​Greta Gerwig on the Parallels Between Her Life and 'Lady Bird'

"I felt like I made a heroine that I wish I could have been"

BY Sarah MurphyPublished Jan 24, 2018

Greta Gerwig is deservedly garnering plenty of attention for last year's Lady Bird, including becoming just the fifth woman in the Oscars' 90-year history to earn a Best Director nomination. The film tells the story of a spunky, self-named high schooler (played by Saoirse Ronan), navigating her way through the drama of university applications, friends, first loves and parents in Sacramento.
Gerwig herself grew up in the California capital, and can't deny that many aspects of the film reflect her own real life experiences — though it's not completely autobiographical.
"I went to Catholic girls school, but the character of Lady Bird and all the characters in the film are their own characters. Particularly Lady Bird — I wasn't like that," Gerwig told Exclaim! during an interview last fall. "I never made anyone call me by a different name, I wasn't particularly out there. I was a rule follower and I liked gold stars. I was kind of a people-pleaser."
Pointing out the lack of coming-of-age films that feature female protagonists, she said, "I felt like I made a heroine that I wish I could have been — not a perfect heroine, but one who was living out some fantasy for me. That being said, I did give my mom hell. So, that is real."
The writer/director was also quick to acknowledge that Lady Bird's strict, hypercritical and at times begrudging mother (brilliantly acted Laurie Metcalf) isn't a facsimile of her own mother. In fact, upon viewing the film for the first time, Gerwig's mother told her, "Oh, Greta! You wish I would give you the silent treatment."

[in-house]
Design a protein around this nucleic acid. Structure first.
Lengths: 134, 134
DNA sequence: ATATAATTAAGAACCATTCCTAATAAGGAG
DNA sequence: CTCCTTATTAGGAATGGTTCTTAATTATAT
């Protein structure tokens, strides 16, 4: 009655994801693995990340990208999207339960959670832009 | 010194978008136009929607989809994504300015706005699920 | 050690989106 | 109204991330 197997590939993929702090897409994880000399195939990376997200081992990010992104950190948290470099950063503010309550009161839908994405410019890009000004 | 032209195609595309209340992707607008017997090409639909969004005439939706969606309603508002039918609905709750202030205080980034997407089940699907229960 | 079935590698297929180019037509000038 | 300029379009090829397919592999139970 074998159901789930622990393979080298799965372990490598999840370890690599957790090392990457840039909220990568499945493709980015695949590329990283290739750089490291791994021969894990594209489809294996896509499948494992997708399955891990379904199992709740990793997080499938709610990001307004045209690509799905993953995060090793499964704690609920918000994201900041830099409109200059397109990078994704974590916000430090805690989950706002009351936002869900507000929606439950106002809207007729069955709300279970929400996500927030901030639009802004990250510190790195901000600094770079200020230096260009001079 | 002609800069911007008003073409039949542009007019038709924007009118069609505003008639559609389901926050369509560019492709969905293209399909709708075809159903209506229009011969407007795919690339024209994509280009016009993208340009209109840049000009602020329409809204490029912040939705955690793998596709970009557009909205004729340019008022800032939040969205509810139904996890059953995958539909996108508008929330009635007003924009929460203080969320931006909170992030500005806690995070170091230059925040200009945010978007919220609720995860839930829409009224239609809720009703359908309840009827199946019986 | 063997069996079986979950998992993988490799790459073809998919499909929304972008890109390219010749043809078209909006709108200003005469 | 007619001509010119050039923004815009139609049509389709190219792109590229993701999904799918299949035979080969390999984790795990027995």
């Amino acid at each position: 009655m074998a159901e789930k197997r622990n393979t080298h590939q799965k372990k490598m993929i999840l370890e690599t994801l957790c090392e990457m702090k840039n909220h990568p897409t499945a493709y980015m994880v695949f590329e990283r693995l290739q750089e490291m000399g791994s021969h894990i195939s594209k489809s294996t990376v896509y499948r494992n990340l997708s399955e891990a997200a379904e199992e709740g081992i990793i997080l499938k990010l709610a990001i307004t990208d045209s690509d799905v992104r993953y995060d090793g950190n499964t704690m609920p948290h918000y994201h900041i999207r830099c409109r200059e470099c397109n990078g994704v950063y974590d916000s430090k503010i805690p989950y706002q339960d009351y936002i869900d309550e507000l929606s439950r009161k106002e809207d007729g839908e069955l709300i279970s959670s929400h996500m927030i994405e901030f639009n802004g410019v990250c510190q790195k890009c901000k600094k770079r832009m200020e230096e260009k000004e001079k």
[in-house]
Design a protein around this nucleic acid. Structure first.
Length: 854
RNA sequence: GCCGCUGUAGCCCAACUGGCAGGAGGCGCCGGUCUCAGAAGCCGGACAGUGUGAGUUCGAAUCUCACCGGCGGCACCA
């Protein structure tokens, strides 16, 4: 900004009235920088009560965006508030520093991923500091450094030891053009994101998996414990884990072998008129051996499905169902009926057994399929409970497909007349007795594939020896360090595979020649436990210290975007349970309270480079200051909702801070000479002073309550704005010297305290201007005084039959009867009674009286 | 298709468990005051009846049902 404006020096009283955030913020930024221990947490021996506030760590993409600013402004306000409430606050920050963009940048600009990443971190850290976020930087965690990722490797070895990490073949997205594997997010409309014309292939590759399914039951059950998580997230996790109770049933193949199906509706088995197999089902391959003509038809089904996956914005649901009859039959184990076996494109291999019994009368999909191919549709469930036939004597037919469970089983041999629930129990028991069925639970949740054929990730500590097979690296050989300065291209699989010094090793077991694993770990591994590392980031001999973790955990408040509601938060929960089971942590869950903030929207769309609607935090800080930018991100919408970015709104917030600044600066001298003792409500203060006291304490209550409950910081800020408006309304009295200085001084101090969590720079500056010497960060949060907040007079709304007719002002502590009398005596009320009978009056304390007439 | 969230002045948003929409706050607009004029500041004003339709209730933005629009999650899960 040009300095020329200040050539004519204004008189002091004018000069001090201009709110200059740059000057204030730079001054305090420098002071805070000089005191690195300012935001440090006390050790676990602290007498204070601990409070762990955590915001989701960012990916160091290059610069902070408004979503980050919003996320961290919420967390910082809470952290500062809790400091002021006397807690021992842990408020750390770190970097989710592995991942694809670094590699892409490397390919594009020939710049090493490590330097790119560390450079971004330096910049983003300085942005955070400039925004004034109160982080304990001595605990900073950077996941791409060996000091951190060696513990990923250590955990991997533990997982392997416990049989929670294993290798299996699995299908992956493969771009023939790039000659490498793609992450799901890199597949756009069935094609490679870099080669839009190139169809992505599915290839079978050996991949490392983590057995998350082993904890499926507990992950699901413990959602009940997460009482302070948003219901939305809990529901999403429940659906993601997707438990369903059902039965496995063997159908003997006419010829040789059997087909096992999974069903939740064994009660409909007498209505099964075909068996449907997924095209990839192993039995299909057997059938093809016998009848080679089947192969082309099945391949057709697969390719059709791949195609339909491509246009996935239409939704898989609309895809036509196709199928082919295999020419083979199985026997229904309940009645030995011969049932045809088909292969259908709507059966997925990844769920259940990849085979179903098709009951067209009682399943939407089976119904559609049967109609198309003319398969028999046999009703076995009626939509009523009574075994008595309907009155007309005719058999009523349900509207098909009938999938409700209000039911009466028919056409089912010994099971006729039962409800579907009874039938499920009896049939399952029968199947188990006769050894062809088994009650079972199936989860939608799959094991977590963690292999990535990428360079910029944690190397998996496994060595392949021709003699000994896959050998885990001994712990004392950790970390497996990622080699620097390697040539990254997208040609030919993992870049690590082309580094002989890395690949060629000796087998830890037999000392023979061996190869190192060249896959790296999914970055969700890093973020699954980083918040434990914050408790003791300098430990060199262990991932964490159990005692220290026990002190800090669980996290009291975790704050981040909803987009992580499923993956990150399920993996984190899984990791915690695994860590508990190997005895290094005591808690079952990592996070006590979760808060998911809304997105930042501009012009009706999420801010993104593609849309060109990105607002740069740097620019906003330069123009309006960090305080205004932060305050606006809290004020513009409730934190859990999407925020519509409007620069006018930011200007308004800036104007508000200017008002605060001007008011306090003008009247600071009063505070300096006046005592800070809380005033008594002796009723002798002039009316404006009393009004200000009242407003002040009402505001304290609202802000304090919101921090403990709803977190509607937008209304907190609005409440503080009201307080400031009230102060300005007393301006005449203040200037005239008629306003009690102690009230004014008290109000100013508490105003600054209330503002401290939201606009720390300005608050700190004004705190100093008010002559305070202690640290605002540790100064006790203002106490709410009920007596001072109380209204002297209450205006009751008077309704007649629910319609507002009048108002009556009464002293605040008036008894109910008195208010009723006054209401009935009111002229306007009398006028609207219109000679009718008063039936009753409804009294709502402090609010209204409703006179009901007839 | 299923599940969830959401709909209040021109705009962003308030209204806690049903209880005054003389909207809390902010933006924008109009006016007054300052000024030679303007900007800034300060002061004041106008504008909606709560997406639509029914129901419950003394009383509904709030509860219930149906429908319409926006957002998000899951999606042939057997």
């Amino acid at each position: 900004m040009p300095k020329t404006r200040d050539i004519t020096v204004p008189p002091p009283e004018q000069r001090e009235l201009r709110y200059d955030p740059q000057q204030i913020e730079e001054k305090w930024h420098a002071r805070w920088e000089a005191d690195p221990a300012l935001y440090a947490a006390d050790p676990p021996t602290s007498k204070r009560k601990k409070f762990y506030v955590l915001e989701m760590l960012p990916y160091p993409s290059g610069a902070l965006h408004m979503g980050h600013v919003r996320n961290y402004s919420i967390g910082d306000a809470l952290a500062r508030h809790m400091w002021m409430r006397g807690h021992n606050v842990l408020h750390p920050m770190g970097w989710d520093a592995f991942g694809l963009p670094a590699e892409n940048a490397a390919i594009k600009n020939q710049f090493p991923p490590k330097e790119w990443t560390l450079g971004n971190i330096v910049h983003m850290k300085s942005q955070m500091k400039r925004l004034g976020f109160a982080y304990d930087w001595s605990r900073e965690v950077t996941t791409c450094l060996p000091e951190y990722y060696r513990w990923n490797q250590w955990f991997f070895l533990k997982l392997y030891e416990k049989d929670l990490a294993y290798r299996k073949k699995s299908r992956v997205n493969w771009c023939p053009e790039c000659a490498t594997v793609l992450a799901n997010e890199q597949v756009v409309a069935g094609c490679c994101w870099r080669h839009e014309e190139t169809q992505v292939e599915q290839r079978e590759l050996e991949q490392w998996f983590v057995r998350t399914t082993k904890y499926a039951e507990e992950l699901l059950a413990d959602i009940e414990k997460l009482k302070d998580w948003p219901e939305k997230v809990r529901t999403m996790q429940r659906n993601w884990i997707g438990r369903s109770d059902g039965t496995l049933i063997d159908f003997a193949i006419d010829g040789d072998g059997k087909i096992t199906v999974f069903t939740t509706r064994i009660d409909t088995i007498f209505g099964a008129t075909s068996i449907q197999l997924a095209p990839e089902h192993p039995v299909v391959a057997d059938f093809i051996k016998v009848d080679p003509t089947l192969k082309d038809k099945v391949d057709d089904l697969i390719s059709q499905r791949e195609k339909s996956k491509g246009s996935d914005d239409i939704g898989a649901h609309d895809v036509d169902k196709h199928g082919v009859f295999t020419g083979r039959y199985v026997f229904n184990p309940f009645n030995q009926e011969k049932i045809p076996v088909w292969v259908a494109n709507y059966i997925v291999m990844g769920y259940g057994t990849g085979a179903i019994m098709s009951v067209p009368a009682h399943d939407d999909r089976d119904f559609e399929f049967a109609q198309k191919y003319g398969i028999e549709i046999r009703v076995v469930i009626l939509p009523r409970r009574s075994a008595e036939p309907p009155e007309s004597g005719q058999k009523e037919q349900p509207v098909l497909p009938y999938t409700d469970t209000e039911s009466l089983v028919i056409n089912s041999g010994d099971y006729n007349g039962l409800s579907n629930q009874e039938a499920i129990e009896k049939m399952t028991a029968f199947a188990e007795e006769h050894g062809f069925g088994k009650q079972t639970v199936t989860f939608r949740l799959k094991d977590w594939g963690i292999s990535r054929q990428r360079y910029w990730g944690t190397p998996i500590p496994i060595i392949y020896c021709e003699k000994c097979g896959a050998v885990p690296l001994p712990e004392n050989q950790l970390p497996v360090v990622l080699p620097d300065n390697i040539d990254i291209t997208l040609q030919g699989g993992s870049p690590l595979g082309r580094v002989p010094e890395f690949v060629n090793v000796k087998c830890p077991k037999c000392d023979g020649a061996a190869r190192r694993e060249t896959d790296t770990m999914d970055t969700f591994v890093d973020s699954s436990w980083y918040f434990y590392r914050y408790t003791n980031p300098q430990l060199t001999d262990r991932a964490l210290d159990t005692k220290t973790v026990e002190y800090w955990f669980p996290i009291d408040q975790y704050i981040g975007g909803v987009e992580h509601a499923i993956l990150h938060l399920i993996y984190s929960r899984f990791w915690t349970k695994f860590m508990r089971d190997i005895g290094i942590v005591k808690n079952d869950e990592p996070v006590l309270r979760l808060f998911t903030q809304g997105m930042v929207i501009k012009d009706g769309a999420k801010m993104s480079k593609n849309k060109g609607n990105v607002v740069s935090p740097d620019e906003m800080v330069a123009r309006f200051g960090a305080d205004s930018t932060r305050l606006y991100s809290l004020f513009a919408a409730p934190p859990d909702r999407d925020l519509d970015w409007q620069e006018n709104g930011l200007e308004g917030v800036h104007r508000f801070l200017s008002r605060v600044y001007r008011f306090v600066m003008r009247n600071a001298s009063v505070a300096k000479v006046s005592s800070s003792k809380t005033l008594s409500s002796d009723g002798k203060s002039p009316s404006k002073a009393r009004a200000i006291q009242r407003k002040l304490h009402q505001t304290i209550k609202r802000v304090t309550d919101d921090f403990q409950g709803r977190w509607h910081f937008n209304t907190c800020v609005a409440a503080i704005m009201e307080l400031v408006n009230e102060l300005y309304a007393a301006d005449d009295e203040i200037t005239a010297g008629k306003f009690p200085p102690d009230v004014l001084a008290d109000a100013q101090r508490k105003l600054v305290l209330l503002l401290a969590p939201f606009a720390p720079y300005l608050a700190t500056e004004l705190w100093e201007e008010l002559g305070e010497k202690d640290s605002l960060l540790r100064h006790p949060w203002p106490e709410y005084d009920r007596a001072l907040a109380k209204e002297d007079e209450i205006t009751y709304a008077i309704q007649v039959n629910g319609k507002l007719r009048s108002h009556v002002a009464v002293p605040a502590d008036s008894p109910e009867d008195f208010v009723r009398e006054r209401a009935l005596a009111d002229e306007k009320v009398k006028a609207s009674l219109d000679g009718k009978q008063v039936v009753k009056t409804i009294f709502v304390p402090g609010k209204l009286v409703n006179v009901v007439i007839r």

Gerwig explained, "She obviously knows what's real and what's not real, but I think the core of the story is so deep to me and even if the characters are different than I was or my family was, or certain things are different and the events are different, it's the heart of it that I relate to. I don't know that it matters if you're making a movie that's set in your hometown or you're making a movie about an alien, if it doesn't connect to your heart it won't connect to anybody else's."
Lady Bird is filled with heart, delivering as many hilarious moments as gut-wrenching ones. The film is anchored by the human relationships Lady Bird develops, but also her relationship to her hometown — a sentiment Gerwig is all too familiar with from her new perch in Hollywood.
"I'm from Sacramento and I love Sacramento," she said. "And I wanted to make a movie about home and how home is only something that comes into focus as you're leaving."
The Academy Awards will be handed out in a broadcasted ceremony on March 4. Lady Bird is nominated for Best Picture, Best Director, Best Original Screenplay, Best Actress in a Leading Role and Best Actress in a Supporting Role.

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